More-interesting films by the various names involved: Rik Battaglia is found in the minor classic Nightmare Castle (1965 / trailer) and non-classic White Slave (1985 / trailer); Ángel del Pozo is in the classic Horror Express (1972 / trailer), the forgotten — for a Bunel film — Leonor (1975 / music) and the trashy Assignment Terror (1970 / German trailer)*; and character actor Lionel Stander is found in any of the following: Cul-De-Sac (1966 / trailer), Pulp (1972 / trailer), Wicked Stepmother (1989 / trailer), The Loved One (1965 / trailer), Blast of Silence (1961 / trailer), and so much more.
* A film high on our "to see" list.
Not to be mistaken for Towers's film —
Scott King's Treasure Island (1999):

Sex Charade
(1972, writ. & dir. Jess Franco)
The last film that Maria Rohm made with Franco was this movie, Sex Charade, which is considered by most a lost film — which would mean that the poster below is "fake". Anyone know?
In any event, Rohm is not the star: instead, the babe of focus is Franco's muse of the time, the beautiful Soledad Miranda (9 July 1943 – 18 August 1970).
The plot can be found at the imdb, where "Anonymous" says, "The story revolves around Anne (Miranda) who is held hostage by an escaped maniac from an insane asylum. The fugitive forces her to tell stories to prevent her from getting help. Anne then spins a fanciful tale about a girl's escape from her imprisonment by savages and her longing to return to captivity."
Fan-made music video to
a song of Soledad's:
The imdb and other sites list the film as from 1972, but most sites claim the movie was released in 1970 — as does Lost Media Archive, whence most of the photos here come. The LMA further claim, "Sex Charade […] was one of three films Franco shot in Liechtenstein (the other two being Nightmares Come at Night [1970 / scene] and Eugenie de Sade [1973]). […] The film apparently had a short theatrical run in France and was partially released in Belgium as a bizarre collage featuring footage from other films."
The starring cast consisted of Soledad Miranda, Jack Taylor, Howard Vernon, Maria Rohm, Diana Lorys and Paul Muller — Franco regulars, one all. The underappreciated Diana Lorys also starred in one of our favorite movies, Armando de Ossorio's oft-maligned gothic, vampire comedy flick Malenka aka Fangs of the Living Dead (1969).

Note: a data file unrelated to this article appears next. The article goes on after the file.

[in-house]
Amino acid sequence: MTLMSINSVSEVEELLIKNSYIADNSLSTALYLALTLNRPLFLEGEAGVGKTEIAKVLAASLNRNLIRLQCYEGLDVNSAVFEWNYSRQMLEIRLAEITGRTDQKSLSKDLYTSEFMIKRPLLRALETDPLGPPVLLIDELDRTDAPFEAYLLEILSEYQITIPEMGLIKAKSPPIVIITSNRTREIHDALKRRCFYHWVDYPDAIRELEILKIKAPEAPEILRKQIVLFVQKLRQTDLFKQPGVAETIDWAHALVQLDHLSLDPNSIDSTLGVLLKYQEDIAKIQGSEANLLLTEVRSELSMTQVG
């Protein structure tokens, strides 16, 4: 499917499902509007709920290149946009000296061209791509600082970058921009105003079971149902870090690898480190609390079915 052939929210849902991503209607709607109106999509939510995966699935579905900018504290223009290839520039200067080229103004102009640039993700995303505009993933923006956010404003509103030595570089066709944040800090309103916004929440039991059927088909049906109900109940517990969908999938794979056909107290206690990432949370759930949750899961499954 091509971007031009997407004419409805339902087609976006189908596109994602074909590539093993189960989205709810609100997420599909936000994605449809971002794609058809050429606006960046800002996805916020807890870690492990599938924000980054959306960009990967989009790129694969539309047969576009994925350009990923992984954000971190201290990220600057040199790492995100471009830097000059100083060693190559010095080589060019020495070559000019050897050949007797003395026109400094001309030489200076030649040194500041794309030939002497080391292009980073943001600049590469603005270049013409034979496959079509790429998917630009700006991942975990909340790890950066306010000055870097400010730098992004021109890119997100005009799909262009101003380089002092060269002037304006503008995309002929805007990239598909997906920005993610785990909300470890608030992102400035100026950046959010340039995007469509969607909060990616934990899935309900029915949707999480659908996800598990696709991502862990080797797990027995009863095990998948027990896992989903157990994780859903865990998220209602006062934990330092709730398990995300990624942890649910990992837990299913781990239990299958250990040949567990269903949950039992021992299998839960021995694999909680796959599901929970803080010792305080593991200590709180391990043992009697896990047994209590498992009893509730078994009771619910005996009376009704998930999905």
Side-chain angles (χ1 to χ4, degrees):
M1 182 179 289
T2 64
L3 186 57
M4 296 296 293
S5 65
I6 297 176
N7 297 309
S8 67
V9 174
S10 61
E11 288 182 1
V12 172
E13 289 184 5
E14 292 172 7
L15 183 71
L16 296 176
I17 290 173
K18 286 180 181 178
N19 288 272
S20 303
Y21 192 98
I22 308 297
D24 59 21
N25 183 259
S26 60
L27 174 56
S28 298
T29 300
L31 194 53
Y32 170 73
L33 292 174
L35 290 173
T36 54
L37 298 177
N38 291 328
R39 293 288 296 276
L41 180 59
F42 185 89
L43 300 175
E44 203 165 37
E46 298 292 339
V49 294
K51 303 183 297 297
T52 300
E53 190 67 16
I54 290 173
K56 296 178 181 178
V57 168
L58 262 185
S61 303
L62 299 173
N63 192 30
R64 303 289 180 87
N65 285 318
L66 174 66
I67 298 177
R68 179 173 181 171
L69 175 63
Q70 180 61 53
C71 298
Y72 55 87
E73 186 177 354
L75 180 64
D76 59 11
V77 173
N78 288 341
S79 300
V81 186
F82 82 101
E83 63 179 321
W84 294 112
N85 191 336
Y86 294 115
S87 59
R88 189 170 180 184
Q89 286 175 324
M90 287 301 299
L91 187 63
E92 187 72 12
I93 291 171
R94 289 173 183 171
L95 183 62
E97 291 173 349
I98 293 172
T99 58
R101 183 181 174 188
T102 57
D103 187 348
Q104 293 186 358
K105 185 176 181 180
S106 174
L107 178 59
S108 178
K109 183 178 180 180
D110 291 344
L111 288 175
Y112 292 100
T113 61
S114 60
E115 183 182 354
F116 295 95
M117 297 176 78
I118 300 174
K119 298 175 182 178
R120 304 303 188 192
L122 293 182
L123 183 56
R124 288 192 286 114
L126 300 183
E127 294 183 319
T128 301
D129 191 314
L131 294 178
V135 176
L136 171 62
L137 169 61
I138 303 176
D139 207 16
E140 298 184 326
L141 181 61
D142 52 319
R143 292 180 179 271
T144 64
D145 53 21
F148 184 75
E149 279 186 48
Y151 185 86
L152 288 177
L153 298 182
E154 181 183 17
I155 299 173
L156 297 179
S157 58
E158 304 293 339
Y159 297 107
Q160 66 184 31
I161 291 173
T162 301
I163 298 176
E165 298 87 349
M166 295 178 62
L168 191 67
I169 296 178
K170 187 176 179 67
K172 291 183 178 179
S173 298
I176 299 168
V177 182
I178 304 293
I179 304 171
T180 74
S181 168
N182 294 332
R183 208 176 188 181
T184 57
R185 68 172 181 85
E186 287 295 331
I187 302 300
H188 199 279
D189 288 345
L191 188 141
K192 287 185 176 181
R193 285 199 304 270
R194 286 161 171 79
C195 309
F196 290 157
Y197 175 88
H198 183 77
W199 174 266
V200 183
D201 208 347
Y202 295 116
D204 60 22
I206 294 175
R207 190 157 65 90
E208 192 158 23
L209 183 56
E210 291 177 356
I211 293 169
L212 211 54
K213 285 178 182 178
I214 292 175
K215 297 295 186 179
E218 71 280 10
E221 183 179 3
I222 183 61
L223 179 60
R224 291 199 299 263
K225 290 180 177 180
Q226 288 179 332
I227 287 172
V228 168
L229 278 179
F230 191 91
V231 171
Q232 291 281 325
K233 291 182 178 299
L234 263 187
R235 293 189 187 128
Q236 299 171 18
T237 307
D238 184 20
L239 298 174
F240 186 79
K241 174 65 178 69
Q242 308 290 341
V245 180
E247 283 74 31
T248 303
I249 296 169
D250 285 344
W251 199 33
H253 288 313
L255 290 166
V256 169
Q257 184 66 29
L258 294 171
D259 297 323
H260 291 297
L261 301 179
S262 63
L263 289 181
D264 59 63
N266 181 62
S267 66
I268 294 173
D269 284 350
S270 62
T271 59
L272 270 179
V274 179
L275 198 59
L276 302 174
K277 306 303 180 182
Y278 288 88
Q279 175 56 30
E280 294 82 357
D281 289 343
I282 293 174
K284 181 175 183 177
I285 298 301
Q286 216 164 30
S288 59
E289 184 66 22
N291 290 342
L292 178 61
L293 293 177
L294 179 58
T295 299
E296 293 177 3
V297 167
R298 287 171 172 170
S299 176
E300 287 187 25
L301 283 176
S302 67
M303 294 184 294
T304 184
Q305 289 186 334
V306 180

Trailer to
Fangs of the Living Dead:

And Then There Were None
(1974, dir. Peter Collinson [1 April 1936 – 16 Dec 1980])

"Same script, different locations. You always kill off the most expensive stars first!" 
– Harry Alan Towers on his three versions of Ten Little Indians

The first to go, Charles Aznavour, performs
The Old Fashioned Way (Les Plaisirs Démodés)
in And Then There Were None:
We took a quick look at And Then There Were None aka Ten Little Indians way back in 2012, in They Died in September 2012, Part VII: Herbert Lom, where we more or less wrote:
"Peter Collinson's career was already on the slide when he made this, the umpteenth film version of the famous Agatha Christie novel And Then There Were None (originally entitled Ten Little Niggers), the best-selling book of all books she ever wrote (in fact, it is the 7th best-selling book of all time). This version here, the first one to made in color, is also the second of three versions that producer Harry Alan Towers brought to the screen (the first being from 1965 [trailer]; the third, 1989 [trailer]).
"This version has a highly enjoyable international cast, to say the least, and unlike the original story, which is set on an island, the events here take place in a hotel deep in the Iranian desert. Herbert Rom appears here as Dr Edward Armstrong, who had been accused of causing a woman's death by operating on her while drunk. (Lom is also present in Towers' 1989 production, directed by Alan Birkinshaw, but as the General, who had caused the death of his wife's lover by sending the soldier on a suicide mission.)
"The plot, according to Wikipedia: 'A group of 10 people, strangers to one another, have all travelled to a hotel located deep in the deserts of Iran. Upon arrival they discover that their host is mysteriously absent. They are accused by a tape recording of having committed various crimes in the past which went unpunished by the law. As guests start to die, the remainder deduce that their unseen host is determined to murder them. Since a search of the hotel proves that there is no one hiding among them, they realize that the murderer is one of them'."